Chapter 8. Eradicating infectious diseases

The toll from infectious diseases in the U.S. was huge not long ago.  Vaccines and drugs have been profoundly successful in reducing this scourge. Yet we have been successful in eradicating only one disease, smallpox.  Simple mathematical models explain why it is difficult to eradicate a disease and why some diseases are more difficult than others to eradicate.

Our society has had many scares recently from new infectious diseases:

o       HIV

o       Ebola

o       SARS

o       West Nile

o       bird flu

There are two different bases to our fears.  One is how likely we are to get it.  The other is how bad it will be if we do get it.  In the above list, only HIV and West Nile have become permanent (endemic) infections in the human population, but we are or have been worried that the others might invade and start spreading.  All but West Nile have high mortality rates. 

No matter how bad a disease is, if we can prevent it from spreading in the population, it will die out.  And even if we can’t make it die out, reducing its spread means that fewer people will be hurt by it.  Some very simple math models underlie the principles used to control infectious diseases.

Basic reproductive number, R0

In epidemiology, the most fundamental property of a disease is its basic reproductive number R0, or the average number of new infections started by the first infection in a population.  When an infection first enters the population, its spread is like a chain reaction:  1 infection becomes R0 new infections, those each start new infections to make R02, then those become R04, and so on.  If R0 >1, the disease spreads in what is called an epidemic, and the larger the value of R0, the faster the spread.  The table below gives some estimates of R0 for some common infectious diseases.





chicken pox








SARS (crowded)


SARS (community)


We can see that the estimates have a lot of variation.  In part, this is because R0 is a limited model – it is not the same across all environments.  This point was important in the SARS outbreak.  SARS showed moderately good transmissions in high-density apartment buildings and hospitals, but (fortunately) it was poorly transmitted in normal community settings.

From this epidemiological perspective, the goal is to reduce R0 to be <1.  When this happens, the infection will die out, perhaps gradually.  Intuition suggests two ways we might reduce R0.  One is to block transmission, as by cleaning up the environment, wearing masks or gloves, etc.  The other is to use a vaccine to reduce the number of people who can get infected.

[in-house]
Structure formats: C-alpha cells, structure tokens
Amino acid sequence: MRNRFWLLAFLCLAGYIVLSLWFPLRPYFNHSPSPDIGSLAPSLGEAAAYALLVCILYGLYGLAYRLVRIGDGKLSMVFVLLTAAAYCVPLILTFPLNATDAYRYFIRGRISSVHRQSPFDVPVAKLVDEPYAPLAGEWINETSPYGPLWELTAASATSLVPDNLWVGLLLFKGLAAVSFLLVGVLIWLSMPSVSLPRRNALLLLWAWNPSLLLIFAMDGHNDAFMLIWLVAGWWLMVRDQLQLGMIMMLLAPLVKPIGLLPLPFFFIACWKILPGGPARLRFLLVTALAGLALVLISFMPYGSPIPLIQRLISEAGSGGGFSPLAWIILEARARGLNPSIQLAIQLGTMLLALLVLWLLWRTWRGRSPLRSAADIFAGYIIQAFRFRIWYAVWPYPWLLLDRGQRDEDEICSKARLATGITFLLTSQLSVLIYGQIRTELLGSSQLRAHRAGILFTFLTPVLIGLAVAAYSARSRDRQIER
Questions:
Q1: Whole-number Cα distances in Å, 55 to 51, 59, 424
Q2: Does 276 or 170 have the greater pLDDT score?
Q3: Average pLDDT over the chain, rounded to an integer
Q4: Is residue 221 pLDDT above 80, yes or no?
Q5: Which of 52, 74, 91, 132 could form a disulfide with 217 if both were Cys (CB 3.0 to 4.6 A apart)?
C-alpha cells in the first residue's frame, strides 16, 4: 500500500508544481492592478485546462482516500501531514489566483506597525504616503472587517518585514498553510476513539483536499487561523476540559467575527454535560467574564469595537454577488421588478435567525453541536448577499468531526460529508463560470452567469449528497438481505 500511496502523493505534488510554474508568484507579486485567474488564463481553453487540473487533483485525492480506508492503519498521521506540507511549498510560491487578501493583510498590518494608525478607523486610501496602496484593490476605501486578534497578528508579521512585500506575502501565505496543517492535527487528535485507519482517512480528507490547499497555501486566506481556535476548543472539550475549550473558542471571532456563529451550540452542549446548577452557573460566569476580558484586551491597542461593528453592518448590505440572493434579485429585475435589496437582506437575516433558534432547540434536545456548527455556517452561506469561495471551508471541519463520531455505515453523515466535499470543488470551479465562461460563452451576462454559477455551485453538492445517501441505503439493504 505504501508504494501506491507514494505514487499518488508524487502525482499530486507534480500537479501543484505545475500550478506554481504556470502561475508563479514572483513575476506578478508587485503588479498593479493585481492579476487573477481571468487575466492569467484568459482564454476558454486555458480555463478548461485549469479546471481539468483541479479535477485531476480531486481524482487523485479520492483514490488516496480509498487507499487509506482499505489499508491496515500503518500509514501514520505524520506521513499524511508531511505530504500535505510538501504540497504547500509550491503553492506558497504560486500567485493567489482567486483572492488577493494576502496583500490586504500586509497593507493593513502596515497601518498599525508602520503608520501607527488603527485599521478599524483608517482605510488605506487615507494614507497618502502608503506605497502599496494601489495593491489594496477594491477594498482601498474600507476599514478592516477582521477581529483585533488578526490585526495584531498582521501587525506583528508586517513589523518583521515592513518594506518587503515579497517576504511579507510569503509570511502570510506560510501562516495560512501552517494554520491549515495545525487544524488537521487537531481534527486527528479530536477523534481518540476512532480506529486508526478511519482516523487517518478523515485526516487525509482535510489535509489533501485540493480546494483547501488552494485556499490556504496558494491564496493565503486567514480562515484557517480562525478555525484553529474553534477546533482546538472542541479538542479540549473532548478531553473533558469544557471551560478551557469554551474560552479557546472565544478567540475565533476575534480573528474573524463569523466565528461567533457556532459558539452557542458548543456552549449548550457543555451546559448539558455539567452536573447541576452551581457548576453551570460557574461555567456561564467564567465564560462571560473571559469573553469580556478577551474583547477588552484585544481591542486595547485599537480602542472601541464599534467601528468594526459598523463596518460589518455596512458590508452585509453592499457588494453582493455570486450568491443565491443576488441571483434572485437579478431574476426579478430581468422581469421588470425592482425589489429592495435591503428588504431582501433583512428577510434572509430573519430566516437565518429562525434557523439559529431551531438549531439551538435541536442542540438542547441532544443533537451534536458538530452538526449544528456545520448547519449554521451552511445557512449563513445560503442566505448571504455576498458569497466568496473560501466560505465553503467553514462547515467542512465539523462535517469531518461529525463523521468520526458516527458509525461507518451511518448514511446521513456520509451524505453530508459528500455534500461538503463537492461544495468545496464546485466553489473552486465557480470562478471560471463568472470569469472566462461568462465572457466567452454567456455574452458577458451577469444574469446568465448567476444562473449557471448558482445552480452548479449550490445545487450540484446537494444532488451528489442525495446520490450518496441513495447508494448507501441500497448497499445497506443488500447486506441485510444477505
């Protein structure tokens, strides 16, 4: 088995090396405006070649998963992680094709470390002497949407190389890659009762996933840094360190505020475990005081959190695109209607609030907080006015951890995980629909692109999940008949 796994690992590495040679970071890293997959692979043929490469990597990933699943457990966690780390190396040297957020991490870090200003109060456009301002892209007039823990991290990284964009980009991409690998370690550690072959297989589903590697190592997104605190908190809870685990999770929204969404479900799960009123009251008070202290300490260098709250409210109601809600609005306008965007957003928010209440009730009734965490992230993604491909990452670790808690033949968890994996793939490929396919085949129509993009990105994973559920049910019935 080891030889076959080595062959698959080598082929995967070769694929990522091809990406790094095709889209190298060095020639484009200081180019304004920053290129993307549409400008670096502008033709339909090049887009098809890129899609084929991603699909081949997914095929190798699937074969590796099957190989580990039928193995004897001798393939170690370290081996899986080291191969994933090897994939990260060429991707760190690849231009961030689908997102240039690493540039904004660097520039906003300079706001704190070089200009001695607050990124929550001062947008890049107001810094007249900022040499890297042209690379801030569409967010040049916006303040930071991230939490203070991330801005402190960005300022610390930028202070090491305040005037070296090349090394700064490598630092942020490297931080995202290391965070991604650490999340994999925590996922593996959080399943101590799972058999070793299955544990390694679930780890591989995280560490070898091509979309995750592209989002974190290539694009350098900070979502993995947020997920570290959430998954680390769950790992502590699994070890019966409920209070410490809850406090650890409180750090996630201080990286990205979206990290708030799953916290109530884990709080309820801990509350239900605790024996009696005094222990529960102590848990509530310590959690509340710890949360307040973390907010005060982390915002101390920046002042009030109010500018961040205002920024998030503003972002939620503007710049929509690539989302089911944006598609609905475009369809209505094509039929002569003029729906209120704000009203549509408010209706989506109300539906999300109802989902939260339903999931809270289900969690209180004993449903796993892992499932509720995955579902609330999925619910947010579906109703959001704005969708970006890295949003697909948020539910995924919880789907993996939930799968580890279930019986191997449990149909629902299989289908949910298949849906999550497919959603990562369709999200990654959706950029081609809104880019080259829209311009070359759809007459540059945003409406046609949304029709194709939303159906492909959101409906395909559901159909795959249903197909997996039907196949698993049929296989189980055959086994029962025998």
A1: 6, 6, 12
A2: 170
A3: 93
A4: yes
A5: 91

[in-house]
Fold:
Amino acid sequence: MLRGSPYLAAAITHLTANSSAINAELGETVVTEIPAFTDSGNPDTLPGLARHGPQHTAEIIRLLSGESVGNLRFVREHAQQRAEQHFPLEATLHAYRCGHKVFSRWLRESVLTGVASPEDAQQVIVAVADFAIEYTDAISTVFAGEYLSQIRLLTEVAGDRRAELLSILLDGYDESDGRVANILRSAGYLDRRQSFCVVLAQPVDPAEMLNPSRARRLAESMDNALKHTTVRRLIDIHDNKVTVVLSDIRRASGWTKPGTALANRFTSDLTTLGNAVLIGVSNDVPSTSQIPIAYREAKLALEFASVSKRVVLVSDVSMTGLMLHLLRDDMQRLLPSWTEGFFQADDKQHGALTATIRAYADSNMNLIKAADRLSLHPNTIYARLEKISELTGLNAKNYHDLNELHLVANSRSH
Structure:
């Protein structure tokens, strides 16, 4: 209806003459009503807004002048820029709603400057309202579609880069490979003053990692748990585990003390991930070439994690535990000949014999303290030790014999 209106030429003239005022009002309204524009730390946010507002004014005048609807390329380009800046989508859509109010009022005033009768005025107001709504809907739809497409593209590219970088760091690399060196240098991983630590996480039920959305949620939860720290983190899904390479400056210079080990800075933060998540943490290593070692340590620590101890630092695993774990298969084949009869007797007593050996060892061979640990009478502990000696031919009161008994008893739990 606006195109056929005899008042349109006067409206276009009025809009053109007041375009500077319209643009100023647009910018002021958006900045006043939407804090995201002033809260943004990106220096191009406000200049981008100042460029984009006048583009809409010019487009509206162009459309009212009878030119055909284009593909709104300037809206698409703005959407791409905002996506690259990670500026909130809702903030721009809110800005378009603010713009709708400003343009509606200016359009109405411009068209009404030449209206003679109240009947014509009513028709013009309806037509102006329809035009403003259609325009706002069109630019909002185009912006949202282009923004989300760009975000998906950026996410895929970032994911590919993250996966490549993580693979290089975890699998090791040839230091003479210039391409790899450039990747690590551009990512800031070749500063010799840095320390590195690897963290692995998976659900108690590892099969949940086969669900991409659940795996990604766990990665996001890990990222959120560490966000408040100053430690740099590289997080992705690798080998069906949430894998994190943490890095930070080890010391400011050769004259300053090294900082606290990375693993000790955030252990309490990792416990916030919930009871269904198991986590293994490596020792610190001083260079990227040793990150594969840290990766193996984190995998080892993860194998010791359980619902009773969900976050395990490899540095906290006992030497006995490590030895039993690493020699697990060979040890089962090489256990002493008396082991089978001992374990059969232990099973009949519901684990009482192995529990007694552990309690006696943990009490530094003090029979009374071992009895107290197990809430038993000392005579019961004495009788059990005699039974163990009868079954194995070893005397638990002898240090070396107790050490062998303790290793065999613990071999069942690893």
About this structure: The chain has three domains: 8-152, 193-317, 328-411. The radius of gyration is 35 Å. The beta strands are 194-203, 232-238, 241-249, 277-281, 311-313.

Epidemiological models

Some simple but elegant math underlies disease eradication.  The main result uses an equation for the rate at which the number of infected individuals (I) changes over time:


change in number of infected individuals

= new infections – loss of old infections from death & recovery

delta-I   = BSI – I(r+d)



I             number of infected individuals

delta-I    change in number of infected individuals

S            number of susceptible individuals

B            the infection rate parameter (disease-dependent)

r             the rate at which infected individuals recover

d             the rate at which infected individuals die

The goal is to make DI < 0, and with 2 steps of algebra, this condition becomes

R0 = BS/(r+d) <1

We haven’t shown that BS/(r+d) is R0, but it is when all individuals are susceptible (I = 0).

Let’s now consider how to use this result.  The parameters b, r, and d are all properties of the infection.  S is a property of the population (the number of susceptibles).  If we wore masks and cleaned up the environment, we would reduce B.  A drug that hastened recovery would increase r.  Vaccination would reduce S, because as more people are vaccinated, there are fewer susceptibles about.

Suppose now that R0 was 3 in an unvaccinated population.  This formula would say we needed to reduce S to 1/3 (or vaccinated 2/3) to cause extinction.  But if R0 was 30, we would need to vaccinate 29/30 = 97% of the population.  If a vaccine was only 90% effective (which is pretty good), we could never reduce S to the 3% and achieve the extinction threshold with just the vaccine.

Model strengths and weaknesses

Foremost, the mathematical model allows us to identify the properties of the infection and population that are important to control.  No matter how much hands-on work we did with an epidemic and a vaccine, we might never understand why eradication did or did not work without some kind of model of the epidemic process.  Furthermore, we can work through the model quickly, without having to watch thousands get sick and die year after year.